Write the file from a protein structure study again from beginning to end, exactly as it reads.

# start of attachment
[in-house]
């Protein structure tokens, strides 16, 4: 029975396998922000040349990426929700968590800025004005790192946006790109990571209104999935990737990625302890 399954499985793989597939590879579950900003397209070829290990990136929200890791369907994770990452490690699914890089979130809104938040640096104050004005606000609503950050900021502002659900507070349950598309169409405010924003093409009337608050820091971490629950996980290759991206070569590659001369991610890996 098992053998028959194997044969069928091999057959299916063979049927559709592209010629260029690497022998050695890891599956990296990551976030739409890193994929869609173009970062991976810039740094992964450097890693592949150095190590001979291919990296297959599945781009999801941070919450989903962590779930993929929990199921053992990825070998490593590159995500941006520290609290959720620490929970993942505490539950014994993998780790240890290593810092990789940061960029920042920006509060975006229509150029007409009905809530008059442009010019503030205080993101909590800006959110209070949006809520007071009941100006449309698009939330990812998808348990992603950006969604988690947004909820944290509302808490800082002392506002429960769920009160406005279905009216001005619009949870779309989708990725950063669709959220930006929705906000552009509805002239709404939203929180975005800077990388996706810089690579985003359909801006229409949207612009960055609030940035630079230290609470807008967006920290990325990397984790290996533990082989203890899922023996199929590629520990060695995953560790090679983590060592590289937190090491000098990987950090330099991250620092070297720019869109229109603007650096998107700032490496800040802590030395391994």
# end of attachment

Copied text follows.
[in-house]
């Protein structure tokens, strides 16, 4: 029975396998922000040349990426929700968590800025004005790192946006790109990571209104999935990737990625302890 399954499985793989597939590879579950900003397209070829290990990136929200890791369907994770990452490690699914890089979130809104938040640096104050004005606000609503950050900021502002659900507070349950598309169409405010924003093409009337608050820091971490629950996980290759991206070569590659001369991610890996 098992053998028959194997044969069928091999057959299916063979049927559709592209010629260029690497022998050695890891599956990296990551976030739409890193994929869609173009970062991976810039740094992964450097890693592949150095190590001979291919990296297959599945781009999801941070919450989903962590779930993929929990199921053992990825070998490593590159995500941006520290609290959720620490929970993942505490539950014994993998780790240890290593810092990789940061960029920042920006509060975006229509150029007409009905809530008059442009010019503030205080993101909590800006959110209070949006809520007071009941100006449309698009939330990812998808348990992603950006969604988690947004909820944290509302808490800082002392506002429960769920009160406005279905009216001005619009949870779309989708990725950063669709959220930006929705906000552009509805002239709404939203929180975005800077990388996706810089690579985003359909801006229409949207612009960055609030940035630079230290609470807008967006920290990325990397984790290996533990082989203890899922023996199929590629520990060695995953560790090679983590060592590289937190090491000098990987950090330099991250620092070297720019869109229109603007650096998107700032490496800040802590030395391994």